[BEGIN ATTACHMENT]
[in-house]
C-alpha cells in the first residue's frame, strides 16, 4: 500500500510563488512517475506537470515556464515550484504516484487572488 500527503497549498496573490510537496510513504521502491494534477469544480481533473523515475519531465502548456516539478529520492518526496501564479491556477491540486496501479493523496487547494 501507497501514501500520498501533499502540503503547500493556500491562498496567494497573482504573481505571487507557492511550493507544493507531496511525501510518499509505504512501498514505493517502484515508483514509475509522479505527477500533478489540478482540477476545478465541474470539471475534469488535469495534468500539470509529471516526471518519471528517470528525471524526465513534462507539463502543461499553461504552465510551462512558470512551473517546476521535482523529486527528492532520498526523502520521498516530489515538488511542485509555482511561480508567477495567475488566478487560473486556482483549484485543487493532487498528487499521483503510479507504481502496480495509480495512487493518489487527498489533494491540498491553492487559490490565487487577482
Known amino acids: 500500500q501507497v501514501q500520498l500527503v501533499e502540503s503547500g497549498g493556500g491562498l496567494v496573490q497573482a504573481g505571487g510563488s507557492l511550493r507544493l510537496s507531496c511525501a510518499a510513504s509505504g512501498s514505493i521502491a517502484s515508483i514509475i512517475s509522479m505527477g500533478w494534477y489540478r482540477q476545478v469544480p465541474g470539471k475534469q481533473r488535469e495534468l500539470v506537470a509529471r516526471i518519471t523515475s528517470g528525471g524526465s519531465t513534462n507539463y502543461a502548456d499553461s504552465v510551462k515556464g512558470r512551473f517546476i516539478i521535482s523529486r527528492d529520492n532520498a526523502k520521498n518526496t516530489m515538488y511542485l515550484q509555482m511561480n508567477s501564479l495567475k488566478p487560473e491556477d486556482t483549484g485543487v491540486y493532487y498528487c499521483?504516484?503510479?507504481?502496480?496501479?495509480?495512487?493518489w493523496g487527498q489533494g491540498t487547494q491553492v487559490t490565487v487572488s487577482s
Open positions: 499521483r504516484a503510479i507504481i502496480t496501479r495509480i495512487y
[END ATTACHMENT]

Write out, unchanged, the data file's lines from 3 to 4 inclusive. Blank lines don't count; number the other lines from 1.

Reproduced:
Known amino acids: 500500500q501507497v501514501q500520498l500527503v501533499e502540503s503547500g497549498g493556500g491562498l496567494v496573490q497573482a504573481g505571487g510563488s507557492l511550493r507544493l510537496s507531496c511525501a510518499a510513504s509505504g512501498s514505493i521502491a517502484s515508483i514509475i512517475s509522479m505527477g500533478w494534477y489540478r482540477q476545478v469544480p465541474g470539471k475534469q481533473r488535469e495534468l500539470v506537470a509529471r516526471i518519471t523515475s528517470g528525471g524526465s519531465t513534462n507539463y502543461a502548456d499553461s504552465v510551462k515556464g512558470r512551473f517546476i516539478i521535482s523529486r527528492d529520492n532520498a526523502k520521498n518526496t516530489m515538488y511542485l515550484q509555482m511561480n508567477s501564479l495567475k488566478p487560473e491556477d486556482t483549484g485543487v491540486y493532487y498528487c499521483?504516484?503510479?507504481?502496480?496501479?495509480?495512487?493518489w493523496g487527498q489533494g491540498t487547494q491553492v487559490t490565487v487572488s487577482s
Open positions: 499521483r504516484a503510479i507504481i502496480t496501479r495509480i495512487y